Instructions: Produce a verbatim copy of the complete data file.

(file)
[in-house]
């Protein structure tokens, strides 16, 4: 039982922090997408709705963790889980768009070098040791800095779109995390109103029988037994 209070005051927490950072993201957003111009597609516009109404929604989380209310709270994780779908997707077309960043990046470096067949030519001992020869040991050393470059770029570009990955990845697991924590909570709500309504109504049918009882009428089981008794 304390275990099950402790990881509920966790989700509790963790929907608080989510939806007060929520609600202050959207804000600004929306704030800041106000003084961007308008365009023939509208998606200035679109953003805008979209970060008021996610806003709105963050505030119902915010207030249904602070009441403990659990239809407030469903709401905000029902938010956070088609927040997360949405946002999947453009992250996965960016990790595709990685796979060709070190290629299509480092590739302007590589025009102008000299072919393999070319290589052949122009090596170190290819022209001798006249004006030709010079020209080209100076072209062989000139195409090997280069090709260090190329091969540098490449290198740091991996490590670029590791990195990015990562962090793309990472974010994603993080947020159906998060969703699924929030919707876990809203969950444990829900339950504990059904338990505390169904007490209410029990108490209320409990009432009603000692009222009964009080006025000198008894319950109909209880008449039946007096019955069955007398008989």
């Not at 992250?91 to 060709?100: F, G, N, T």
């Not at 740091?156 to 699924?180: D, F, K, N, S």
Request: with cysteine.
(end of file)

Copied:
[in-house]
């Protein structure tokens, strides 16, 4: 039982922090997408709705963790889980768009070098040791800095779109995390109103029988037994 209070005051927490950072993201957003111009597609516009109404929604989380209310709270994780779908997707077309960043990046470096067949030519001992020869040991050393470059770029570009990955990845697991924590909570709500309504109504049918009882009428089981008794 304390275990099950402790990881509920966790989700509790963790929907608080989510939806007060929520609600202050959207804000600004929306704030800041106000003084961007308008365009023939509208998606200035679109953003805008979209970060008021996610806003709105963050505030119902915010207030249904602070009441403990659990239809407030469903709401905000029902938010956070088609927040997360949405946002999947453009992250996965960016990790595709990685796979060709070190290629299509480092590739302007590589025009102008000299072919393999070319290589052949122009090596170190290819022209001798006249004006030709010079020209080209100076072209062989000139195409090997280069090709260090190329091969540098490449290198740091991996490590670029590791990195990015990562962090793309990472974010994603993080947020159906998060969703699924929030919707876990809203969950444990829900339950504990059904338990505390169904007490209410029990108490209320409990009432009603000692009222009964009080006025000198008894319950109909209880008449039946007096019955069955007398008989």
């Not at 992250?91 to 060709?100: F, G, N, T």
């Not at 740091?156 to 699924?180: D, F, K, N, S």
Request: with cysteine.